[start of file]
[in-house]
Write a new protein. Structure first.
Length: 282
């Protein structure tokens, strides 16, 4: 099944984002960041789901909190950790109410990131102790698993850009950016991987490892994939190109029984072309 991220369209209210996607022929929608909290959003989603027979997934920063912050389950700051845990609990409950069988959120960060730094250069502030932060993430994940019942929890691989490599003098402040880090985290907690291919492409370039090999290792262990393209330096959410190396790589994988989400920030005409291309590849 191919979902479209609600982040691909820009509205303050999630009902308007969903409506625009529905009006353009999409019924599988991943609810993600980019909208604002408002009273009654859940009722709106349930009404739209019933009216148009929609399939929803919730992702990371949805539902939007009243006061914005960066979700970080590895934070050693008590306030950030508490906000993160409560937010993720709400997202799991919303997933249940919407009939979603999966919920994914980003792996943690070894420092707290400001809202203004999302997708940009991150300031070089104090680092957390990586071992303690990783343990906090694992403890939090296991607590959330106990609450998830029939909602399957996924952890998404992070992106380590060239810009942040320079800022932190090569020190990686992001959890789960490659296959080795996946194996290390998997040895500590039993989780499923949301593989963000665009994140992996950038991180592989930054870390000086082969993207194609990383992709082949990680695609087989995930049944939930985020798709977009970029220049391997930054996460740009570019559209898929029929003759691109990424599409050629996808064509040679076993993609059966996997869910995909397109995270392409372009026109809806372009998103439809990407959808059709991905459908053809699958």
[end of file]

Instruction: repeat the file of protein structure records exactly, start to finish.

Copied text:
[in-house]
Write a new protein. Structure first.
Length: 282
């Protein structure tokens, strides 16, 4: 099944984002960041789901909190950790109410990131102790698993850009950016991987490892994939190109029984072309 991220369209209210996607022929929608909290959003989603027979997934920063912050389950700051845990609990409950069988959120960060730094250069502030932060993430994940019942929890691989490599003098402040880090985290907690291919492409370039090999290792262990393209330096959410190396790589994988989400920030005409291309590849 191919979902479209609600982040691909820009509205303050999630009902308007969903409506625009529905009006353009999409019924599988991943609810993600980019909208604002408002009273009654859940009722709106349930009404739209019933009216148009929609399939929803919730992702990371949805539902939007009243006061914005960066979700970080590895934070050693008590306030950030508490906000993160409560937010993720709400997202799991919303997933249940919407009939979603999966919920994914980003792996943690070894420092707290400001809202203004999302997708940009991150300031070089104090680092957390990586071992303690990783343990906090694992403890939090296991607590959330106990609450998830029939909602399957996924952890998404992070992106380590060239810009942040320079800022932190090569020190990686992001959890789960490659296959080795996946194996290390998997040895500590039993989780499923949301593989963000665009994140992996950038991180592989930054870390000086082969993207194609990383992709082949990680695609087989995930049944939930985020798709977009970029220049391997930054996460740009570019559209898929029929003759691109990424599409050629996808064509040679076993993609059966996997869910995909397109995270392409372009026109809806372009998103439809990407959808059709991905459908053809699958």